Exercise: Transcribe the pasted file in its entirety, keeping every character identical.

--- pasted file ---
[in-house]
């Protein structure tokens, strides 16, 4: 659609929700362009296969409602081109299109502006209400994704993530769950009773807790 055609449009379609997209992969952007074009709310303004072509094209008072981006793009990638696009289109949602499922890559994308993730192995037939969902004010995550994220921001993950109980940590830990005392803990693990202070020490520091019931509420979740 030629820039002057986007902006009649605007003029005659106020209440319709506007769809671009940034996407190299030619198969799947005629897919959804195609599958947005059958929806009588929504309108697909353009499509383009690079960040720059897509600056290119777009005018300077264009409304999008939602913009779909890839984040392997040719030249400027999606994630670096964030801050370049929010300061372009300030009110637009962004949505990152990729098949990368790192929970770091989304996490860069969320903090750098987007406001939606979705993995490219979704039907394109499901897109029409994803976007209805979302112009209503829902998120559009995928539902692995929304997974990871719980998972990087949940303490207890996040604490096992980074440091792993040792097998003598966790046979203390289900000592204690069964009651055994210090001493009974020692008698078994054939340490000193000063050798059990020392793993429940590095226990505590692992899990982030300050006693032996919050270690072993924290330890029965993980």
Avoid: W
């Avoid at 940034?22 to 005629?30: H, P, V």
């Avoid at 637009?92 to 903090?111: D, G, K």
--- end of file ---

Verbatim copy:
[in-house]
């Protein structure tokens, strides 16, 4: 659609929700362009296969409602081109299109502006209400994704993530769950009773807790 055609449009379609997209992969952007074009709310303004072509094209008072981006793009990638696009289109949602499922890559994308993730192995037939969902004010995550994220921001993950109980940590830990005392803990693990202070020490520091019931509420979740 030629820039002057986007902006009649605007003029005659106020209440319709506007769809671009940034996407190299030619198969799947005629897919959804195609599958947005059958929806009588929504309108697909353009499509383009690079960040720059897509600056290119777009005018300077264009409304999008939602913009779909890839984040392997040719030249400027999606994630670096964030801050370049929010300061372009300030009110637009962004949505990152990729098949990368790192929970770091989304996490860069969320903090750098987007406001939606979705993995490219979704039907394109499901897109029409994803976007209805979302112009209503829902998120559009995928539902692995929304997974990871719980998972990087949940303490207890996040604490096992980074440091792993040792097998003598966790046979203390289900000592204690069964009651055994210090001493009974020692008698078994054939340490000193000063050798059990020392793993429940590095226990505590692992899990982030300050006693032996919050270690072993924290330890029965993980």
Avoid: W
């Avoid at 940034?22 to 005629?30: H, P, V």
């Avoid at 637009?92 to 903090?111: D, G, K």